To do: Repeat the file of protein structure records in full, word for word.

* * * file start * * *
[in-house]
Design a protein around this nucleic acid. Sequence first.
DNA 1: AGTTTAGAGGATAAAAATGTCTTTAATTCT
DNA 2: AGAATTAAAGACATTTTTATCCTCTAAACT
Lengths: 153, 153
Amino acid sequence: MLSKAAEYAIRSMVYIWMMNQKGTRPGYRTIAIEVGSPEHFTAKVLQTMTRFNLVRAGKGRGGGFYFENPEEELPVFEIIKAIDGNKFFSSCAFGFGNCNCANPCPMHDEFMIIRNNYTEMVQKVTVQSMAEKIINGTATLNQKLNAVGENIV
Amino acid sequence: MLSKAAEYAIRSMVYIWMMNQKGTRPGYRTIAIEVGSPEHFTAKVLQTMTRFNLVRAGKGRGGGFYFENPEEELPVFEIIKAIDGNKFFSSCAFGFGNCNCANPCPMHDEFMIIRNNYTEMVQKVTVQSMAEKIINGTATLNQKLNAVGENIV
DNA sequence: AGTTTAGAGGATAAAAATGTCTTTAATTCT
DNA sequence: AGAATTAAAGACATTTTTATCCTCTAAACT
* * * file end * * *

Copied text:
[in-house]
Design a protein around this nucleic acid. Sequence first.
DNA 1: AGTTTAGAGGATAAAAATGTCTTTAATTCT
DNA 2: AGAATTAAAGACATTTTTATCCTCTAAACT
Lengths: 153, 153
Amino acid sequence: MLSKAAEYAIRSMVYIWMMNQKGTRPGYRTIAIEVGSPEHFTAKVLQTMTRFNLVRAGKGRGGGFYFENPEEELPVFEIIKAIDGNKFFSSCAFGFGNCNCANPCPMHDEFMIIRNNYTEMVQKVTVQSMAEKIINGTATLNQKLNAVGENIV
Amino acid sequence: MLSKAAEYAIRSMVYIWMMNQKGTRPGYRTIAIEVGSPEHFTAKVLQTMTRFNLVRAGKGRGGGFYFENPEEELPVFEIIKAIDGNKFFSSCAFGFGNCNCANPCPMHDEFMIIRNNYTEMVQKVTVQSMAEKIINGTATLNQKLNAVGENIV
DNA sequence: AGTTTAGAGGATAAAAATGTCTTTAATTCT
DNA sequence: AGAATTAAAGACATTTTTATCCTCTAAACT